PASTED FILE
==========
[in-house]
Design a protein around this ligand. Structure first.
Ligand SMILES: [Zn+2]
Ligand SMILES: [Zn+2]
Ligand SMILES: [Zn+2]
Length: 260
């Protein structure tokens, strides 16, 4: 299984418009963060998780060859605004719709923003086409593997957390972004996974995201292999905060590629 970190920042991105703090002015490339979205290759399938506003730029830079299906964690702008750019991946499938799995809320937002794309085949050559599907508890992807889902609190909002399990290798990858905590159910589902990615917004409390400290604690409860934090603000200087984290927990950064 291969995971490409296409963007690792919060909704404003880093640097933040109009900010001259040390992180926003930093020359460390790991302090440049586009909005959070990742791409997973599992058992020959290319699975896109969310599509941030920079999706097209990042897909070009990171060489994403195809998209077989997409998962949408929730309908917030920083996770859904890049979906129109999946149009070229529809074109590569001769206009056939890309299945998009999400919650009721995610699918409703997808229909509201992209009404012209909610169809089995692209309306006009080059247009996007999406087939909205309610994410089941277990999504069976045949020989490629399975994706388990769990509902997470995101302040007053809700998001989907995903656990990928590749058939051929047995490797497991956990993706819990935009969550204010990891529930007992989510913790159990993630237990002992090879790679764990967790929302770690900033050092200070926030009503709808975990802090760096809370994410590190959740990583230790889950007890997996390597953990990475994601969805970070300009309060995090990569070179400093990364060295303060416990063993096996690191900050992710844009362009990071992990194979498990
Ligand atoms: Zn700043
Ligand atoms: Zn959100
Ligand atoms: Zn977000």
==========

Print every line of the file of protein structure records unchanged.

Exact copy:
[in-house]
Design a protein around this ligand. Structure first.
Ligand SMILES: [Zn+2]
Ligand SMILES: [Zn+2]
Ligand SMILES: [Zn+2]
Length: 260
């Protein structure tokens, strides 16, 4: 299984418009963060998780060859605004719709923003086409593997957390972004996974995201292999905060590629 970190920042991105703090002015490339979205290759399938506003730029830079299906964690702008750019991946499938799995809320937002794309085949050559599907508890992807889902609190909002399990290798990858905590159910589902990615917004409390400290604690409860934090603000200087984290927990950064 291969995971490409296409963007690792919060909704404003880093640097933040109009900010001259040390992180926003930093020359460390790991302090440049586009909005959070990742791409997973599992058992020959290319699975896109969310599509941030920079999706097209990042897909070009990171060489994403195809998209077989997409998962949408929730309908917030920083996770859904890049979906129109999946149009070229529809074109590569001769206009056939890309299945998009999400919650009721995610699918409703997808229909509201992209009404012209909610169809089995692209309306006009080059247009996007999406087939909205309610994410089941277990999504069976045949020989490629399975994706388990769990509902997470995101302040007053809700998001989907995903656990990928590749058939051929047995490797497991956990993706819990935009969550204010990891529930007992989510913790159990993630237990002992090879790679764990967790929302770690900033050092200070926030009503709808975990802090760096809370994410590190959740990583230790889950007890997996390597953990990475994601969805970070300009309060995090990569070179400093990364060295303060416990063993096996690191900050992710844009362009990071992990194979498990
Ligand atoms: Zn700043
Ligand atoms: Zn959100
Ligand atoms: Zn977000």